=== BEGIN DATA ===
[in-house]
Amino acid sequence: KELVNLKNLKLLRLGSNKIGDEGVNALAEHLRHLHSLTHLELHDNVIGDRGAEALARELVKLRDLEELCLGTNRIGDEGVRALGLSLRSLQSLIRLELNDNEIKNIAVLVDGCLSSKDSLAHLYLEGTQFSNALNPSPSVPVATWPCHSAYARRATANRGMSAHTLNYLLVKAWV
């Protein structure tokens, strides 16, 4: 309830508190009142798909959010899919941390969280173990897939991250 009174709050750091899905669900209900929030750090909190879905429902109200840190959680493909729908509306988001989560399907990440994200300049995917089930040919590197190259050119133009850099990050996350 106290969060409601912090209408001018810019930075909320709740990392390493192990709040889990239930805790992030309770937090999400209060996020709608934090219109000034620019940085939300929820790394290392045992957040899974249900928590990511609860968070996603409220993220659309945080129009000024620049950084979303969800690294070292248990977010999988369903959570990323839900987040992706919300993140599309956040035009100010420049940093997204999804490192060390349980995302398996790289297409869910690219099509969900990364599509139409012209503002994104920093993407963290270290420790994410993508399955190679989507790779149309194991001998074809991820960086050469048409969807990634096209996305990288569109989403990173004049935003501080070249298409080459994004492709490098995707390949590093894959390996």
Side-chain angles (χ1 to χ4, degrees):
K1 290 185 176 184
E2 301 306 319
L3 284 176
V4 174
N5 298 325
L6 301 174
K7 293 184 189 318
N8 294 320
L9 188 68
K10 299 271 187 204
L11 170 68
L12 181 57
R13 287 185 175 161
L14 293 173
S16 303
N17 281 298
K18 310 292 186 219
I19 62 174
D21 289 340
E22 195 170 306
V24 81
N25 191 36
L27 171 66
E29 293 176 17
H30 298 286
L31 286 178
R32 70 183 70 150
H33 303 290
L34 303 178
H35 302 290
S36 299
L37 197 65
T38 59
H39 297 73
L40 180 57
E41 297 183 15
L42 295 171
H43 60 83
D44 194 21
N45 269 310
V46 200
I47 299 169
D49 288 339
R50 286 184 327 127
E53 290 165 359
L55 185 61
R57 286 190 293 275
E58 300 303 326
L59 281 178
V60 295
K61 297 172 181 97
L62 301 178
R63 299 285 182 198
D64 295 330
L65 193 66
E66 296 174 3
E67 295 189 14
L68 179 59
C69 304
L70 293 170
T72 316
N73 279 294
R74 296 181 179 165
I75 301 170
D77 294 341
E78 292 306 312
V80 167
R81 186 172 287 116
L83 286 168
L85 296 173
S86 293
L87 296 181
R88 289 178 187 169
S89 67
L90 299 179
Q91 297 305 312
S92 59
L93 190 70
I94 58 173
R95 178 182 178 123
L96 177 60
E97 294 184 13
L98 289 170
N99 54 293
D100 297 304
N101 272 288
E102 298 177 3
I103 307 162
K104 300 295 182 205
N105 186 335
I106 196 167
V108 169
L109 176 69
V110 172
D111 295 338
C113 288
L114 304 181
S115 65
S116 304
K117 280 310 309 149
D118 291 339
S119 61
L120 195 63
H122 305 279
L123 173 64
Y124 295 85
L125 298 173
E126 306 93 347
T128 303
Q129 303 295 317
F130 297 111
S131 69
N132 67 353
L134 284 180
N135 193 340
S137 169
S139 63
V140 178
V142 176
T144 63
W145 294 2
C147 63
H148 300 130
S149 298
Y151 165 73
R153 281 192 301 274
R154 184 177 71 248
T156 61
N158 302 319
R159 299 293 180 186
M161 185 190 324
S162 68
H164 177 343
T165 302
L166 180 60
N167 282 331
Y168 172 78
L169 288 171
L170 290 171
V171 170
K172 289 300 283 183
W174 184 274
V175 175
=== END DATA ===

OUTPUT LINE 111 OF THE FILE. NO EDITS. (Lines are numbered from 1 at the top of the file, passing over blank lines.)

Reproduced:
L125 298 173